Written by 1:58 pm Audiophile Music, Audiophile, Audiophile News, Streaming, Vinyl

Listening Report: Son House’s Lost Album, Forever On My Mind

Mark Smotroff takes a time machine trip to 1964…

The wiki says he was championed by Charley Patton and influenced Robert Johnson in the 1930s. He was recorded by Alan Lomax in the 40s. And he was rediscovered in the early ‘60s spurring a career revival. Blues legend Son House (1902-1988) has a stunning new album out culled from previously unreleased concert recordings from this time called Forever On My Mind that is sure to excite fans around the world. 

Influential writer, photographer, producer & promoter Dick Waterman was one of three fans who tracked down and rediscovered House, by then living in Rochester, NY in 1964.  House had abandoned his career for decades, laboring as a foundry worker, railroad porter and cook, among other jobs, after moving from Mississippi to New York in 1943. The trio convinced House to come out of retirement and Waterman eventually became his manager and handler. 

The earliest full-length solo performance after his rediscovery, these recordings on Forever On My Mind were made before the sessions that were released by Columbia Records which rekindled his career for a new audience of young blues aficionados around the world.  The concert was captured a small school in Crawfordsville, Indiana — Wabash College — on November 23, 1964. The new album was produced for release by Dan Auerbach of The Black Keys.

From the official press release for Forever On My Mind we learn from Mr. Waterman:

“I always knew that I wanted this body of tape that I had to come out together, as The Avalon Collection or The Waterman Tapes, as sort of my legacy. They were just here at my home, on a shelf. I had made a few entrees to record companies, but nothing had really come through. I thought that Dan Auerbach would treat the material with reverence and respect.”

Forever On My Mind is out this week on CD, vinyl and streaming.  The good folks at blues label Easy Eye Sound, run by Mr. Auerbach — yes, there are still labels issuing blues recordings! — kindly sent me an advance copy of the vinyl and it is a joy.  For a nearly 60 year old recording, this sounds timeless. It is so fresh and clear, it almost could have been recorded today. This is a pure, stripped-back, raw finger picked and slide blues guitar and vocal listening experience.

House’s performances are mesmerizing as he runs through songs which ended up on his eventual Columbia Records release as well as some that went unreleased until 1992. The title track was never recorded officially in the studio but apparently was a tune he riffed on in concert over the years.  His cover of Charley Patton’s “Pony Blues” is particularly haunting, with House sounding especially inside the music like he’d been transported to another time and place. You can hear him moving his legs on stage during “The Way Mother Did” which sounds like him improvising around the gospel blues standard “Motherless Children.”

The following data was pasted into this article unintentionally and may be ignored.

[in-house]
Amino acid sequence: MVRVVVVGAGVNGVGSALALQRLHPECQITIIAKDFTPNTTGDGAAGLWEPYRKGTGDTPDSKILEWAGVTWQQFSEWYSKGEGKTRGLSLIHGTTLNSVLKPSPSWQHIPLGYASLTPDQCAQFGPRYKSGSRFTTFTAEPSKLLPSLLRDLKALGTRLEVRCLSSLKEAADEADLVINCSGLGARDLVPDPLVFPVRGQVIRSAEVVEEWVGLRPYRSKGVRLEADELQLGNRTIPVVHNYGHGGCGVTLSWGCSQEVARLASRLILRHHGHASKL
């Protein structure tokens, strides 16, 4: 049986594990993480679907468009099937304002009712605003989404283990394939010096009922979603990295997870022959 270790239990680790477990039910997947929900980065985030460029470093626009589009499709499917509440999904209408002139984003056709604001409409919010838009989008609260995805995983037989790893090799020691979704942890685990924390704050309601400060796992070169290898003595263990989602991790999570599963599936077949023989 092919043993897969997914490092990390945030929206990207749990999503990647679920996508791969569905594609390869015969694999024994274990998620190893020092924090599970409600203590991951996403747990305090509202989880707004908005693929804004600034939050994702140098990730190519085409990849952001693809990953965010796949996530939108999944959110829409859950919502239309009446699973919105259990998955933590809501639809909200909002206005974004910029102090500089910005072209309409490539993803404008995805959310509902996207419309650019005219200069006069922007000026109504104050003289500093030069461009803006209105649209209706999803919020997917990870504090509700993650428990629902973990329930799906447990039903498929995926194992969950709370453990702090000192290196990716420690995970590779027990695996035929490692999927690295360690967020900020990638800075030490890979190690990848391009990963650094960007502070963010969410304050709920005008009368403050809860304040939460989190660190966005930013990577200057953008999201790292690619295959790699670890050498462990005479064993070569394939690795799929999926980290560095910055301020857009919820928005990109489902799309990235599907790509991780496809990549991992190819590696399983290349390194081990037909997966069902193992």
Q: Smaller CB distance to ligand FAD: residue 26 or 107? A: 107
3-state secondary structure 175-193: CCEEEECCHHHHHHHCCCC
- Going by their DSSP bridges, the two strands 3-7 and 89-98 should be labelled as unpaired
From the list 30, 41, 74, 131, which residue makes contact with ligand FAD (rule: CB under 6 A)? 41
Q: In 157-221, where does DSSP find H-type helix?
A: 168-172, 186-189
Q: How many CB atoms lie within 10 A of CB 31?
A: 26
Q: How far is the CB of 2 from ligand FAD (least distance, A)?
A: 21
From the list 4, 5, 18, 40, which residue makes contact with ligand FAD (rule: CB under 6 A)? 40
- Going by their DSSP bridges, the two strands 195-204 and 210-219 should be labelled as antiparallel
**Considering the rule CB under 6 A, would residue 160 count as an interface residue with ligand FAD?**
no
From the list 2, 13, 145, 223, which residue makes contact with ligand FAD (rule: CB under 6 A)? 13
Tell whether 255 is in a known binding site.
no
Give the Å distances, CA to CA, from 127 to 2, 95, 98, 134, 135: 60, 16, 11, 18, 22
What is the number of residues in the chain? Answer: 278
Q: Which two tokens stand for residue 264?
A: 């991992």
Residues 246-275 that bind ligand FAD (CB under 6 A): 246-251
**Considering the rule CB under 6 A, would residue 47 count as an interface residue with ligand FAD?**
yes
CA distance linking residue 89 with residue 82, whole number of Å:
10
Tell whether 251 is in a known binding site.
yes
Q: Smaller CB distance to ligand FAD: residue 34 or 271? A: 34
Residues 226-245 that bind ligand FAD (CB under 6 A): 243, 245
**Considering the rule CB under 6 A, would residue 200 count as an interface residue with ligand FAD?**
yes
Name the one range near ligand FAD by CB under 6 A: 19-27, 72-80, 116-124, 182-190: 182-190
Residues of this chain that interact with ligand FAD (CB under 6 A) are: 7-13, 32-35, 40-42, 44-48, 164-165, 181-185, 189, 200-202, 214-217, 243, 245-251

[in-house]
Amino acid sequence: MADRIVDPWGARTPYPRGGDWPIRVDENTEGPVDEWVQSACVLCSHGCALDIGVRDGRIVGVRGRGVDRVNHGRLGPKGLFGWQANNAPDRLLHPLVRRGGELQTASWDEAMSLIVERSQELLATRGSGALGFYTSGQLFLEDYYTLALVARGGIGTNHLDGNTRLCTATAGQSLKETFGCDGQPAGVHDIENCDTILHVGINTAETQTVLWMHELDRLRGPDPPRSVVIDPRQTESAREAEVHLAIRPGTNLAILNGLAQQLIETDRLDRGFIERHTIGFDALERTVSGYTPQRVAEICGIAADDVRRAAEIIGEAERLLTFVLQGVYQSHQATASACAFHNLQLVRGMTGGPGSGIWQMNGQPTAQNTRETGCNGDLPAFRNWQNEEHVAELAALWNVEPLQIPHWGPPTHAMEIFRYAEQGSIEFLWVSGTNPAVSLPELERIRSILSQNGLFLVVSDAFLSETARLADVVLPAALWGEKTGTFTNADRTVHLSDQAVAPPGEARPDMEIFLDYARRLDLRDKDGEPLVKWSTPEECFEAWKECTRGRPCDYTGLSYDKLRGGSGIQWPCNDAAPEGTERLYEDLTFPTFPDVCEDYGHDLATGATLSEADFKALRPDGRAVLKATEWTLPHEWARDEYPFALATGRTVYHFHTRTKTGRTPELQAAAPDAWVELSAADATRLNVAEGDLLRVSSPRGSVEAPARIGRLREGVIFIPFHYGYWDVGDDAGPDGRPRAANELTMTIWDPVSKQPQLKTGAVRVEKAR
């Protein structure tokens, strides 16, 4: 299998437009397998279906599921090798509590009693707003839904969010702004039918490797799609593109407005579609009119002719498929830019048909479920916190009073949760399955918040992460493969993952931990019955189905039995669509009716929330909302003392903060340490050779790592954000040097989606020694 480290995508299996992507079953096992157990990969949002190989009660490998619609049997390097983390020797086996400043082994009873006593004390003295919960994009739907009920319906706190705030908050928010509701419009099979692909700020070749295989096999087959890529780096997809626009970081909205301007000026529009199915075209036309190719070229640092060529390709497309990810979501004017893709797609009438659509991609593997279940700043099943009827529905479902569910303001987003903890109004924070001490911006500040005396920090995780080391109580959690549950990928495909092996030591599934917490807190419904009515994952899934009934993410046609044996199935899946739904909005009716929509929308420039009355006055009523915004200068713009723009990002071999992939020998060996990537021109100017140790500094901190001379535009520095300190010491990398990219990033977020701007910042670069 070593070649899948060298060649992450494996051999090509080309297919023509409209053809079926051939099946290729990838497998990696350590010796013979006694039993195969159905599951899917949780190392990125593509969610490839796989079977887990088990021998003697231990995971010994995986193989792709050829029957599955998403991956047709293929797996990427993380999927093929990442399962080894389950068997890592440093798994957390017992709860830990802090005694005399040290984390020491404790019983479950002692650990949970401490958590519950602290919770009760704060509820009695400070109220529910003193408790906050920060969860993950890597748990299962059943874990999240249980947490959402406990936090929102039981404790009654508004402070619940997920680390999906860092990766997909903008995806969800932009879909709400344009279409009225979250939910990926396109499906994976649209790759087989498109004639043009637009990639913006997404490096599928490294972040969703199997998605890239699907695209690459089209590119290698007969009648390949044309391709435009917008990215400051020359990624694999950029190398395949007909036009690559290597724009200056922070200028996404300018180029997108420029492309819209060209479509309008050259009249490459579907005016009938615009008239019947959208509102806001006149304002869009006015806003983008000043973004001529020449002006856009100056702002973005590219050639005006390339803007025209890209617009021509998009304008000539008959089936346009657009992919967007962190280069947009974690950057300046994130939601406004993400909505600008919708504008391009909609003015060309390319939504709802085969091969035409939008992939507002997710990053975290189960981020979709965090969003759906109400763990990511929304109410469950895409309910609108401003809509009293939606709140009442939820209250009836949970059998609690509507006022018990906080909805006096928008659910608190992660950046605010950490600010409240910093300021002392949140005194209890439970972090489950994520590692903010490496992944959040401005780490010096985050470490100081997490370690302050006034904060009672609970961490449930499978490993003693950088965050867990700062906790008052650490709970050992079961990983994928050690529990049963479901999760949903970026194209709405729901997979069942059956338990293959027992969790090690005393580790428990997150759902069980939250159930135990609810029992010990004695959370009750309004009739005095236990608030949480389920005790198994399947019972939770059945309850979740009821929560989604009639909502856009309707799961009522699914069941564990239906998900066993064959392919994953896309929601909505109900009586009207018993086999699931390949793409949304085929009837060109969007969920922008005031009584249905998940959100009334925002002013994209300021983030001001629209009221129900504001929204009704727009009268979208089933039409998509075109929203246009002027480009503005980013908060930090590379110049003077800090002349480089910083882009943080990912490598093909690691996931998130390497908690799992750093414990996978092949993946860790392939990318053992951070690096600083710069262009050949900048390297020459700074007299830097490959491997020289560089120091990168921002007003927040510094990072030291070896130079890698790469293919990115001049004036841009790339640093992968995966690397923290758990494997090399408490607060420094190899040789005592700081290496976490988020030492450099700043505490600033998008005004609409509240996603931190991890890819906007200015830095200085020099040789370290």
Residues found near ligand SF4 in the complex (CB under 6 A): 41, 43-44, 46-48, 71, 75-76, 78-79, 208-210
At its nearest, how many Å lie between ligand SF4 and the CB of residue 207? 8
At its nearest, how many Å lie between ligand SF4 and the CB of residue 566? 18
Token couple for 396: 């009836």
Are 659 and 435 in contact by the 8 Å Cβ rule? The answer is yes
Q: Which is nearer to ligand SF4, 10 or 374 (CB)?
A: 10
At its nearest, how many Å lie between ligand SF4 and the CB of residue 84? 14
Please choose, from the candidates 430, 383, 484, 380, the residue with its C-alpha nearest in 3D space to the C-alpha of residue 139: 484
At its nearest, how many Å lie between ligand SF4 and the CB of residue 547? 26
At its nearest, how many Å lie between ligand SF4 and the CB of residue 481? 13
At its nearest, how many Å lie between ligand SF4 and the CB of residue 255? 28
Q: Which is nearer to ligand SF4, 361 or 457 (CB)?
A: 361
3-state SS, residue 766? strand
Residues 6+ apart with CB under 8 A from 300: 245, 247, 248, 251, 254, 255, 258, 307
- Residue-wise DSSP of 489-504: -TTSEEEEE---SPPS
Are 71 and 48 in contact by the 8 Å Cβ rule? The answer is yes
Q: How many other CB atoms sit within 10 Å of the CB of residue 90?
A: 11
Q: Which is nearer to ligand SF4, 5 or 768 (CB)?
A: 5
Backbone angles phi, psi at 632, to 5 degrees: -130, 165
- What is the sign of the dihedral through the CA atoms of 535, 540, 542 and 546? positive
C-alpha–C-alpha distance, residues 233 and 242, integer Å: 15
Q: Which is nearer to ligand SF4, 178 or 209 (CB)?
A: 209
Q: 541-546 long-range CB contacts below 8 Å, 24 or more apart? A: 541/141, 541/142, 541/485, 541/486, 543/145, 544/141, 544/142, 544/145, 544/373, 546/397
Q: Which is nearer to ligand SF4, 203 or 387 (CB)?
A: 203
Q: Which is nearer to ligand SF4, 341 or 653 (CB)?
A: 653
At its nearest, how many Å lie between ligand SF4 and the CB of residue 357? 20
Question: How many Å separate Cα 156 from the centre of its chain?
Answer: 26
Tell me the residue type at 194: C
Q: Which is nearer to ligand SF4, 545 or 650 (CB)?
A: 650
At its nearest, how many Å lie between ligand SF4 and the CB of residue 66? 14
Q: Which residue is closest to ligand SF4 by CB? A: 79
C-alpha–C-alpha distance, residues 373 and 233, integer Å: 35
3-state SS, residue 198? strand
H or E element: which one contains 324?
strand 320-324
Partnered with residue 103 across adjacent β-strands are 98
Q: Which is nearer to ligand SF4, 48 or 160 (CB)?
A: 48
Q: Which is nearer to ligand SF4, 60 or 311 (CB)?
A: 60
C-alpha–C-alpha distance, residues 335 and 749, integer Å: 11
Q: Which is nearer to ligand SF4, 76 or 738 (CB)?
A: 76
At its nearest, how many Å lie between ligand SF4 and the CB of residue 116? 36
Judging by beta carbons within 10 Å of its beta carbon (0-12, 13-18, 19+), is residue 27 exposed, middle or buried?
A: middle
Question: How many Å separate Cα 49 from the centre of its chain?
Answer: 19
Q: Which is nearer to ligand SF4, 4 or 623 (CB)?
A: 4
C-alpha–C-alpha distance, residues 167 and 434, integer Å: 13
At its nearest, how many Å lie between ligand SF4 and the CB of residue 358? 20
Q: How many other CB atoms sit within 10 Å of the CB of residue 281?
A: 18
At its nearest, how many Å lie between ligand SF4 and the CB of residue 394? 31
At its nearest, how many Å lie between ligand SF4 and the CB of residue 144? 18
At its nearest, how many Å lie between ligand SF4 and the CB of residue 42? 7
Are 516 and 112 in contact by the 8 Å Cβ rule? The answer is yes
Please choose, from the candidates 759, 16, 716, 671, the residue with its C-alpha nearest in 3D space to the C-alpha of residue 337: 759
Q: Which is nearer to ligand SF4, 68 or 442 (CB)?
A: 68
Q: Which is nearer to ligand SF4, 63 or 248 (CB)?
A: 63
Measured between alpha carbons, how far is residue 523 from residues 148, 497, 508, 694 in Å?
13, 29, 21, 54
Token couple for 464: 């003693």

The concert was recorded by the college and the tapes given to Waterman who kept them in his archive all these years. It sounds like it was recorded through a mixing board so the vocals and guitar are very up front with no additional reverb added. The audience is so quiet and attentive you really don’t even hear them. Forever On My Mind plays effectively like a studio recording.  It just happened to be recorded before 30-50 people! 

The fidelity on Forever On My Mind is pretty remarkable for a recording of this vintage and origins. This album is made from the original quarter-inch master tape and there is very little in the way of tape hiss apparent yet it sounds natural (I’m not sure if any noise reduction was employed in the restoration process but if they did, it sounds natural).  The standard weight vinyl is well pressed, quiet and perfectly centered so there are no problems there.

For those who aren’t into vinyl or CDs, you can find Forever On My Mind streaming in 96 kHz, 24-bit Hi Res format on Qobuz (click here), in Apple Music Lossless (click here) and CD quality on Tidal (click here).

You can get the album at your favorite music stores or at Amazon (click on the title anywhere in this review to jump to that page). It is also available in a limited edition colored vinyl version from Easy Eye Sound (click here).

 Forever On My Mind is an important archival release. Fans of the blues need to listen.

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